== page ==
Drug Overdose: Signs, Causes, and How to Help
Drug overdoses are becoming increasingly common in the United States. Each year, more than 60,000 people die from drug overdoses, and in 2016, drug overdoses killed more people than gun homicides and car crashes combined.
This is a significant danger that may affect people you know, including friends or loved ones. To help you recognize and prepare for a possible medical emergency, it's essential to understand the signs, causes, and treatment of a drug overdose.
What Is a Drug Overdose?
A drug overdose occurs when someone takes too much of a drug or combination of drugs. The effects can be immediate and deadly. An overdose may cause a person to stop breathing, have a heart attack, or go into shock.
While any drug can cause an overdose, some substances are more likely to result in a fatal overdose than others. These include:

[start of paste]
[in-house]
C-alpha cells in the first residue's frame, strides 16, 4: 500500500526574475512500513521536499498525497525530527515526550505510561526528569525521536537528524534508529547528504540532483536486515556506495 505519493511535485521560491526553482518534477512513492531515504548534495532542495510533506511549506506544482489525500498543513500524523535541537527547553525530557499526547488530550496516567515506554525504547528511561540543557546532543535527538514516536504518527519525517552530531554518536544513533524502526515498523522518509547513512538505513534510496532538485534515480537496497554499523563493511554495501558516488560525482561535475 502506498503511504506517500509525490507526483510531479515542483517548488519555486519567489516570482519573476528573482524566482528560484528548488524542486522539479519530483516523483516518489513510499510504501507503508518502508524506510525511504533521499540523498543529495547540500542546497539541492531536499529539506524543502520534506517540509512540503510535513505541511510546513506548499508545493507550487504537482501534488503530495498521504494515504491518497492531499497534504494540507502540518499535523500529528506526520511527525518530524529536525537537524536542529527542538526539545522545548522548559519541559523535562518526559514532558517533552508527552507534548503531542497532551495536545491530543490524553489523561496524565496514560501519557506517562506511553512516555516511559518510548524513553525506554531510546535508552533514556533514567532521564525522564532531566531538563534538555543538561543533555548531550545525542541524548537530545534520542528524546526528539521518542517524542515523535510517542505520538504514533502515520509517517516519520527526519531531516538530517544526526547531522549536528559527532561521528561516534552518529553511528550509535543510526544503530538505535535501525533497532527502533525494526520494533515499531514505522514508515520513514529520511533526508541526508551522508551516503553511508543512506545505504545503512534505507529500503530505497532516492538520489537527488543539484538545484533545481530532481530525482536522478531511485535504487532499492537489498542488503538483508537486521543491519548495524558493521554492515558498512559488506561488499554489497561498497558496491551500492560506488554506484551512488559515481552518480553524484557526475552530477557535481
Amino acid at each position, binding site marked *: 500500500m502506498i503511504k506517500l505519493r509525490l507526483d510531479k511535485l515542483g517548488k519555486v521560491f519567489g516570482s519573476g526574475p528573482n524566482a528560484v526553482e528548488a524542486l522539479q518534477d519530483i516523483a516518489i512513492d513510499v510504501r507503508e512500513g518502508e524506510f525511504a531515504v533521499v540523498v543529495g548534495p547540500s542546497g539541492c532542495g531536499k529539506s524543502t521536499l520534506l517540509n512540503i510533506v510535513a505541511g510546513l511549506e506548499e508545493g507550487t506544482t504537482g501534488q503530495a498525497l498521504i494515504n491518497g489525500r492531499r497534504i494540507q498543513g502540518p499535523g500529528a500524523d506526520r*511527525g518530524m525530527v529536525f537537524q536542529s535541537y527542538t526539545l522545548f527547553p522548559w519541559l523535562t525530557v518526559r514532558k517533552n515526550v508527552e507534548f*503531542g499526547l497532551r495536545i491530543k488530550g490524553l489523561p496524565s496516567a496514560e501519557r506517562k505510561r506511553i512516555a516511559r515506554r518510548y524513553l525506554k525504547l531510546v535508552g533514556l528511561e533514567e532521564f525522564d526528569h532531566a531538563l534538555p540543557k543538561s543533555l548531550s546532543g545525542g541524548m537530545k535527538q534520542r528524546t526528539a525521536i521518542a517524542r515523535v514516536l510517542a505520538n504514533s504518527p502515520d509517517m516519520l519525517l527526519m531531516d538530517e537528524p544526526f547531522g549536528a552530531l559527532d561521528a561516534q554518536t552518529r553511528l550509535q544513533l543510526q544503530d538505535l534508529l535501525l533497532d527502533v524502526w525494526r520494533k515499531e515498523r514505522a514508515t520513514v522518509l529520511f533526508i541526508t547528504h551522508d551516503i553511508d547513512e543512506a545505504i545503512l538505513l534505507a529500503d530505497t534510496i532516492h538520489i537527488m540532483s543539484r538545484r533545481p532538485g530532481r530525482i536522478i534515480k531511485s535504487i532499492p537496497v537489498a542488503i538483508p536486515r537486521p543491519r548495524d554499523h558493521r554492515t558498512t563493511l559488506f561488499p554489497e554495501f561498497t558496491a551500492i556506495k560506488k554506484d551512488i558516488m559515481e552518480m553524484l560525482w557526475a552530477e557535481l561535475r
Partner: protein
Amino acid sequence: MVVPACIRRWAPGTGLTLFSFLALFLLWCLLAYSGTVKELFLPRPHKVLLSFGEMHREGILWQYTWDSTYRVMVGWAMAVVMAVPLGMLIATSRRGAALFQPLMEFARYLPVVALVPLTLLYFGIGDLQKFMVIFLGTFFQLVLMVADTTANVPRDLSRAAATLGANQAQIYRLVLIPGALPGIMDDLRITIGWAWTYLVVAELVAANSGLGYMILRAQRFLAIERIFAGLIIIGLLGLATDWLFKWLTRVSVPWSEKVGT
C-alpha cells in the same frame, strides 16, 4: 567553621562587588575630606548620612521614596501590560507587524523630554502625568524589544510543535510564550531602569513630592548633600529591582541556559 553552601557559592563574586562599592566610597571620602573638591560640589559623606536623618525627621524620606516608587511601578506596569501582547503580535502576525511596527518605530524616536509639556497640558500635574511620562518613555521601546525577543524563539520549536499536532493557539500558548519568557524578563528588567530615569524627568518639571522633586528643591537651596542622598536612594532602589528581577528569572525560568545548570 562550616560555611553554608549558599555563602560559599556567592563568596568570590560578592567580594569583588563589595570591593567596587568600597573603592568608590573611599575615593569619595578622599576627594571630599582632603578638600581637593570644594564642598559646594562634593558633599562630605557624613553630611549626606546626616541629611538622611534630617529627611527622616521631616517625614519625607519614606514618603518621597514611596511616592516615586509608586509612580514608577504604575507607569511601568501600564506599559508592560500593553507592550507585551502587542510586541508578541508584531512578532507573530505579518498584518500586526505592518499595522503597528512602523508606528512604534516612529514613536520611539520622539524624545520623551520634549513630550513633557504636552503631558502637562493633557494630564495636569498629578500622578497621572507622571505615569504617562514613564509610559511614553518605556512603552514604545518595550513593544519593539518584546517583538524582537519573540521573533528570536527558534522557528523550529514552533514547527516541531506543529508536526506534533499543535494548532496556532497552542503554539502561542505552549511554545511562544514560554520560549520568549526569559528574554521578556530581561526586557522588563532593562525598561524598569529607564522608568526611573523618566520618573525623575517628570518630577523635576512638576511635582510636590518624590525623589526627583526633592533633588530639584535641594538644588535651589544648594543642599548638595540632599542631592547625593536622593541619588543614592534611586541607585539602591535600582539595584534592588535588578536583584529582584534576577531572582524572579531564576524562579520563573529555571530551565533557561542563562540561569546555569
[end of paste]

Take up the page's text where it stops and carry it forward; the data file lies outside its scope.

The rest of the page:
- opioids (e.g., heroin, fentanyl, oxycodone)
- benzodiazepines (e.g., alprazolam, diazepam)
- stimulants (e.g., cocaine, methamphetamine)
Drug overdoses can happen accidentally, on purpose, or as the result of ongoing drug abuse.
What Causes Drug Overdoses?
There are many possible causes of drug overdoses. Taking too much of a medication or using too much of a drug is the most common cause of drug overdoses. Mixing different drugs together can also lead to an overdose, as different substances can have unpredictable and dangerous interactions when taken together. Finally, taking a prescription medication that has been prescribed for someone else can also result in an overdose, as each person metabolizes drugs differently and what may be safe for one person may not be safe for another.
Accidental drug overdoses can happen to anyone, but there are some risk factors that make them more likely. These include:
- a history of drug abuse
- mental health disorders
- chronic pain
- easy access to drugs
If someone develops a tolerance to their prescribed or recreational drug and begins to increase the dosage, their potential to accidentally overdose also increases.